Tuesday, 9 March 2010

Dieselly Led

Last weekend I started as a working volunteer on the Nene Valley Railway, so this weekend I plunged headfirst into one of the busiest events of the year – The Spring Diesel Gala. My chosen role, covered in the previous post, is Travelling Ticket Inspector – and that role is being expanded to Booking Office and all things ticketing related in the future. The gala was already staffed by the time I joined, but extra hands are always welcome on such occasions as it provides more flexibility – and for me, an excellent opportunity to learn the job and meet other members.

The duty began at 07:30, but worth arriving early in order to fill up on one of Jayne’s breakfasts – and on a gala day, fill up when you can. Consequently I made sure on Sunday that I was at Wansford early doors! Once things kick off, there’s no going back. My roster for the morning meant that I would man the ticket gate at the platform entrance. Well, I am the new boy! However, I discovered it was the prime place to be given my position as new starter, as everybody had to come past at some point. Thus I got to meet many people who I’d work with later on, and it was an opportunity to match names with faces of the volunteers. I also met a number of familiar faces from the model railway exhibition circuit – but when you see such people out of their natural environment, you think, ‘I know you from somewhere …’ During quiet moments I also had the chance to play with my new camera, and early results are pleasing.

A quiet moment at Wansford, reminiscent of the Sixties.

My role on the ticket gate was to ensure that everybody had a valid ticket to travel on the trains, or a platform ticket if they just wanted to see the locos parked up on shed and run through the station. Passengers were no problem – they had all purchased tickets at the booking office, and were quite happy to produce them for inspection. The platform tickets were another matter! Several photographers resented having to contribute to the (significant) expense of putting on the event, and expected to wander around for free. This sort of behaviour was annoying on several counts –
- The Railway is a charity, not a business that makes a profit for shareholders.
- Galas are very expensive to organise, due to the costs of the visiting locos.
- The line is 7 miles long, and 5 miles of it runs adjacent to a public footpath – so there is ample opportunity to take excellent photographs for free. Of course, this means that some walking is involved, and these days getting from the car to the counter in McDonalds manages to tax a sizeable (in every sense) portion of the population, so a bit of linesiding is certainly out of the question.

Don't want to buy a platform ticket? This shot was taken less than
one minute's walk from the station. Amazing what you can find if you actually look!

Generally speaking, most people happily paid up and indeed they became regulars passing in and out of the barrier from the platform to the cafĂ© and toilets etc, which meant that it was possible to build up a good rapport – the overall atmosphere was pleasurable and friendly. Two incidents stood out, however. The first man approached early on Saturday morning and I asked for his ticket.
“I don’t need one, I’m a founder member.”
“Unless you’re a working member, with a pass, you have to pay.”
“I’ve never paid before!”
“Welcome to my world sir. No ticket, no entry.”
With that he stomped off to the booking office to complain. And returned five minutes later with – a valid platform ticket!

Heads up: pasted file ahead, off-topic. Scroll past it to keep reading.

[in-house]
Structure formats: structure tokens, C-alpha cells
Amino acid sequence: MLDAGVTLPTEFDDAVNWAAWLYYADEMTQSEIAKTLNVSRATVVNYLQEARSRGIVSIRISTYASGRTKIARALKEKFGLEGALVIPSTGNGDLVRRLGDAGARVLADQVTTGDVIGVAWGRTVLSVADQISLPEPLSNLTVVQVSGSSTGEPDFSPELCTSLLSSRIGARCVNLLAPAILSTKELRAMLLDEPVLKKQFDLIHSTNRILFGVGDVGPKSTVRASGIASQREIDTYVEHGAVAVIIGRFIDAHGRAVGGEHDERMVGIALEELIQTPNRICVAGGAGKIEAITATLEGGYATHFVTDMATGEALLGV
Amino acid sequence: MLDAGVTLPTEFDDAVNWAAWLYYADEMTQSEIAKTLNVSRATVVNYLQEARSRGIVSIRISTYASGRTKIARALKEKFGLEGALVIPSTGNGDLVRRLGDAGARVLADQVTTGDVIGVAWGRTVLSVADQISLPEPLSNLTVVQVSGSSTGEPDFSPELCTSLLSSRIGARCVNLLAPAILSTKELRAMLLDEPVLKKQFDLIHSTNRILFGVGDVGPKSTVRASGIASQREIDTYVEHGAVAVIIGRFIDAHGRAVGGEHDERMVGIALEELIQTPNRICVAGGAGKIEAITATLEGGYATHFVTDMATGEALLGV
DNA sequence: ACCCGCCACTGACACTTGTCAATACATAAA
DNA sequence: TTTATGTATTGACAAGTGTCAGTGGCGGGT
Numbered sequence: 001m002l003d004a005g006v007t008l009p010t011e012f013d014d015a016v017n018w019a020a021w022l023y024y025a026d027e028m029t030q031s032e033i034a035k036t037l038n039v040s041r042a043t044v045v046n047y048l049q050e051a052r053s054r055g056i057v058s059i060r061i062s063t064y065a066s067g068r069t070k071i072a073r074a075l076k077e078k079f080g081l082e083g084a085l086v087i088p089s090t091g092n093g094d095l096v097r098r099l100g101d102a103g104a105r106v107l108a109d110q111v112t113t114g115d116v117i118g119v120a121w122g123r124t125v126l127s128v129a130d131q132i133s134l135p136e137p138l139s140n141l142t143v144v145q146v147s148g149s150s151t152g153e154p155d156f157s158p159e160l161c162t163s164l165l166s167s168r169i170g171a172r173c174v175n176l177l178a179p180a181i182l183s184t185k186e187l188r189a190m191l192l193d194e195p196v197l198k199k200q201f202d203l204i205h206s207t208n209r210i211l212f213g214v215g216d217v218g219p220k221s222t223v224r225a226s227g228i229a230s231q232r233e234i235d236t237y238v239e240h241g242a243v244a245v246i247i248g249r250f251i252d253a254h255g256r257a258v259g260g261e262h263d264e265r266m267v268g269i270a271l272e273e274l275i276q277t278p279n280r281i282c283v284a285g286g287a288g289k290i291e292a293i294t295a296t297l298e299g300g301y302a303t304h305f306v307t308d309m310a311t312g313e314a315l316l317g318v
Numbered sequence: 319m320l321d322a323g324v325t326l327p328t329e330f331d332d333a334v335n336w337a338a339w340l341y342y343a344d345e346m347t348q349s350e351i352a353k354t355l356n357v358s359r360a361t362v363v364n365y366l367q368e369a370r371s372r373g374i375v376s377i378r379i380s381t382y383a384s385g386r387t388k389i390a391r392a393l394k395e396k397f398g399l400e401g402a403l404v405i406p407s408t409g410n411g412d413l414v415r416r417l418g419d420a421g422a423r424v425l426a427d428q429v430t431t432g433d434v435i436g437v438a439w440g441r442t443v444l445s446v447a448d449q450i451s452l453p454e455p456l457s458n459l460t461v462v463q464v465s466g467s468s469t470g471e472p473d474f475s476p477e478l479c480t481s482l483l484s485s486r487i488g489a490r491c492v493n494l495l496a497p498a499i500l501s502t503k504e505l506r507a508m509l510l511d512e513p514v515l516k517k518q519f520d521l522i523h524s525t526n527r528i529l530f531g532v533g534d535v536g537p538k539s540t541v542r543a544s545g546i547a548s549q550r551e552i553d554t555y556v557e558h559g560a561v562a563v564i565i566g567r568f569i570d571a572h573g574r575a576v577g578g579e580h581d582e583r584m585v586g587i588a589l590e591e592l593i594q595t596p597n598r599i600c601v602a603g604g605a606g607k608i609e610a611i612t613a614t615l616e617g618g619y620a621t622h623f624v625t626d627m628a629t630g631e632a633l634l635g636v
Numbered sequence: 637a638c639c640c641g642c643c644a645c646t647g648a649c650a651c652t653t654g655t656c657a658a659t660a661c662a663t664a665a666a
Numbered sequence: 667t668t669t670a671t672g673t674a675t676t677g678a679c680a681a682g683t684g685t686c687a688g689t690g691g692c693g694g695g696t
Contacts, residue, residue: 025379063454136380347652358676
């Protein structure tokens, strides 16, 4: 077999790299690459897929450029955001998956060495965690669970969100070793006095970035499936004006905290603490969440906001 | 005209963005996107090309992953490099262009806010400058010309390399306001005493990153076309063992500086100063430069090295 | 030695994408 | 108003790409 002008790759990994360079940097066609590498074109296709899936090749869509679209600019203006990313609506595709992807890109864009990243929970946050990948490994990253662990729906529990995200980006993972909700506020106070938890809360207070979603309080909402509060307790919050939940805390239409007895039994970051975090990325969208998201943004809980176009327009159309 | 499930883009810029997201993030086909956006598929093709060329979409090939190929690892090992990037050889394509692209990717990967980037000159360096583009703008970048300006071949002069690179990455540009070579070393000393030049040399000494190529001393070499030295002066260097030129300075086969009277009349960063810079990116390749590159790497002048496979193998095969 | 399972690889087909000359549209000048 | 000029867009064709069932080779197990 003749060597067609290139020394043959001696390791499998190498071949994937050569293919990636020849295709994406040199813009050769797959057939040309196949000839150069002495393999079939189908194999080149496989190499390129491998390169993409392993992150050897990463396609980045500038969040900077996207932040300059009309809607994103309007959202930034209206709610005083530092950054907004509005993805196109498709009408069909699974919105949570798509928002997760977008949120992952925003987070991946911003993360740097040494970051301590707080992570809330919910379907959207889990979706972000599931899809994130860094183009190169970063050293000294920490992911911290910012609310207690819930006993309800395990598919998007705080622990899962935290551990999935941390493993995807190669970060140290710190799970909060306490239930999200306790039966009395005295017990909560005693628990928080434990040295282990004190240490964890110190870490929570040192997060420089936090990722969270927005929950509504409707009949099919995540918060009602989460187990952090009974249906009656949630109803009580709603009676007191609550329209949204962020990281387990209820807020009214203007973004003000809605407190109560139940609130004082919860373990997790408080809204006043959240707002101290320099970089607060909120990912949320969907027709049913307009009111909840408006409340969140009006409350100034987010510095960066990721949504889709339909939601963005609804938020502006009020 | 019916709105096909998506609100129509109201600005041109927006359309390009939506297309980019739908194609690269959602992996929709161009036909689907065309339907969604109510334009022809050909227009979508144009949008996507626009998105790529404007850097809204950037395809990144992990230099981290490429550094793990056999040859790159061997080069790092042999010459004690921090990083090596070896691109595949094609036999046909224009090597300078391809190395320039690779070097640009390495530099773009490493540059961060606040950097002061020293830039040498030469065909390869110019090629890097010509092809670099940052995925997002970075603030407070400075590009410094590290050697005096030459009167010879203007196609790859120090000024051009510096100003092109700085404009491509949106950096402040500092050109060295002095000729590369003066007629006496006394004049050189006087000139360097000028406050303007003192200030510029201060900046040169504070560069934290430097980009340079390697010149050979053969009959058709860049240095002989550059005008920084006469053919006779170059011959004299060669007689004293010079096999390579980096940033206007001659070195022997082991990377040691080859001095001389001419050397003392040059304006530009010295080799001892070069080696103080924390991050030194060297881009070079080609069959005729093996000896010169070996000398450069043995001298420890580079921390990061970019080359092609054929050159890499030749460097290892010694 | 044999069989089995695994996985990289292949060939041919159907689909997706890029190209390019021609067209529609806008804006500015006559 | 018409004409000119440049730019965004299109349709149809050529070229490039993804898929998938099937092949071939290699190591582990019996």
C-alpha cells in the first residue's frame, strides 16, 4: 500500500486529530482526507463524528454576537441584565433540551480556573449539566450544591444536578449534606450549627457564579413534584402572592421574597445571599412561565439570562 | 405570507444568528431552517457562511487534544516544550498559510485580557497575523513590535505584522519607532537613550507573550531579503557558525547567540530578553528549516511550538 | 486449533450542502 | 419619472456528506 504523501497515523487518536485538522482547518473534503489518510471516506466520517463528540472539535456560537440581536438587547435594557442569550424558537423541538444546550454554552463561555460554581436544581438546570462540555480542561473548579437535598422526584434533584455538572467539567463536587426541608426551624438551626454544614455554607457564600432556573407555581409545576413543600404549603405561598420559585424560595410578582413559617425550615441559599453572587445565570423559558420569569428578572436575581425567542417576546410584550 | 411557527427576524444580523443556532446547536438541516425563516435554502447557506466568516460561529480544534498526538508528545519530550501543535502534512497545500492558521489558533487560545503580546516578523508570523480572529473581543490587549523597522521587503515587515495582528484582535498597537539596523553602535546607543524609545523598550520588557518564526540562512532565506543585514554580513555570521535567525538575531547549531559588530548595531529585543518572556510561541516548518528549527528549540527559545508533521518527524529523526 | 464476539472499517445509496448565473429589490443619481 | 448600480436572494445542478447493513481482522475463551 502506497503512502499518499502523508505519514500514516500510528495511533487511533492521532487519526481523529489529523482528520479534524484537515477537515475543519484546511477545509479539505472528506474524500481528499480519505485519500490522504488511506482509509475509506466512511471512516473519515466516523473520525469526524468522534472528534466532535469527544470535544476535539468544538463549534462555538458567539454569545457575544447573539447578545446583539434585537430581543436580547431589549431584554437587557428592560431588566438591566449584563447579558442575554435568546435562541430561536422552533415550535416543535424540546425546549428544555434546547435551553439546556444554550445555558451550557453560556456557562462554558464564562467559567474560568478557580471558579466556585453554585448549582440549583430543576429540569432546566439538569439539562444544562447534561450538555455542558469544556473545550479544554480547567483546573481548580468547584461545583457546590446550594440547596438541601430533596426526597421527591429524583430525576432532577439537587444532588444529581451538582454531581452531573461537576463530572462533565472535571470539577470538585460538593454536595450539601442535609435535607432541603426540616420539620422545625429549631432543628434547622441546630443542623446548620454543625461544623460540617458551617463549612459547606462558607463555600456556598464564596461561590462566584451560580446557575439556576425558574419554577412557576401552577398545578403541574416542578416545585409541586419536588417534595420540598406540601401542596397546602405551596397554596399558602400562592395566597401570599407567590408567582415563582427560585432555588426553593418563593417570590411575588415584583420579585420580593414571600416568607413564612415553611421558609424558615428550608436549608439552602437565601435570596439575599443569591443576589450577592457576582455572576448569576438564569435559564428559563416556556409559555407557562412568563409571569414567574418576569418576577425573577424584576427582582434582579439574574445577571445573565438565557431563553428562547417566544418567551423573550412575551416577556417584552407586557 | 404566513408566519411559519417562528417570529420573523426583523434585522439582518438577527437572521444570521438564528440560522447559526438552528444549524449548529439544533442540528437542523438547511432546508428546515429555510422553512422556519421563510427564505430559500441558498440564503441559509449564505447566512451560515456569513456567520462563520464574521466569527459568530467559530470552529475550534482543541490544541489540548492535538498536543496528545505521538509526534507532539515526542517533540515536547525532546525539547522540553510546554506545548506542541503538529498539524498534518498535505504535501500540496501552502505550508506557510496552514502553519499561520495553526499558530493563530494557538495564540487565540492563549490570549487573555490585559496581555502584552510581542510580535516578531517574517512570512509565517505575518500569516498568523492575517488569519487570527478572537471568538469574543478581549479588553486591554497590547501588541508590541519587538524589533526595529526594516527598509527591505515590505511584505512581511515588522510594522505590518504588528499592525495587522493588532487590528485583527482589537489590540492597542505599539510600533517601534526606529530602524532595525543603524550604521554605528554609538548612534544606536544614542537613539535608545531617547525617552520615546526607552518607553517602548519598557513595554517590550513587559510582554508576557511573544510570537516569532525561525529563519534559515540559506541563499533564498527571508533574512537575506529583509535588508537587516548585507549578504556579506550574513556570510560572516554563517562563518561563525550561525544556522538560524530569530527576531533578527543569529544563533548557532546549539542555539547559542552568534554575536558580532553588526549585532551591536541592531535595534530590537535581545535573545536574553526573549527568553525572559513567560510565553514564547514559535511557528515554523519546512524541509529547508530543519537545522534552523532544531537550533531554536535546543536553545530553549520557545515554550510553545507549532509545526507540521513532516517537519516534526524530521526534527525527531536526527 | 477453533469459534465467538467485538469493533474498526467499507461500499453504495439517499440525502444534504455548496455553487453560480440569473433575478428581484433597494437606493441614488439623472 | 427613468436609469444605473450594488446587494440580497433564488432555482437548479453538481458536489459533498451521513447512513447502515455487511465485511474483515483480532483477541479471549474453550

I made a point of scrutinising his ticket while he moaned about the travesty of having to pay money to visit the line, which, by all accounts, he had built single-handed. My reply was simple, “Surely sir, as a founder member of the line, you will wish to actively contribute to the running of galas like this, and will therefore endorse the raising of revenue to ensure that such events may be held in the future?”
That stopped him in his tracks, and off he went, muttering away under his breath. But I’d made my (very valid) point.

The second occurrence was on Sunday, and even more bizarre. A man pushed past me on the barrier, so I stopped him and asked for a ticket.
“I don’t need one,” was the flat reply.
“I’ll make that decision,” I replied. He sighed, and said, “I’m here for the class 66. I have to go and see it to see if I want to travel behind it.”
“Then you’ll need a platform ticket to go and see it, won’t you sir?”
He sighed again, and with exaggerated slow speech as if to a young child said, “You don’t understand. I’ve come a considerable distance to travel behind the 66. But I need to see which 66 it is before I make up my mind if I’m going to travel behind it.”
Unperturbed, and with equally exaggerated slow speech I told him, “No sir, it is you who doesn’t understand. To view the loco that you have travelled a considerable distance to travel behind, but don’t know if you want to travel behind it now that you’re here, you will either need to purchase a travel ticket to ride on it, or a platform ticket to look at it.”
“And how can I decide to travel behind it if I don’t know what it is?” he asked, playing right into my hands.
“By purchasing a platform ticket and going to look at it.” How hard can it be, I wondered. By now he understood that he was getting nowhere and tried a different tack. “I don’t suppose you know which loco it is?” he sneered.
“I don’t suppose I do,” I agreed. Of course, had he been polite and pleasant I could have found out in less than 30 seconds, but he hadn’t so I didn’t.
“I suggest you ask at the booking office – they have a list in there. You can buy a ticket while you’re there,” I added helpfully. Scowling, off he went. Shortly afterwards he was back, waving a travel ticket in my face.
“You were quite, quite wrong,” he smirked. “They don’t know which loco it is either. You lot don’t seem to know anything much about anything, do you?”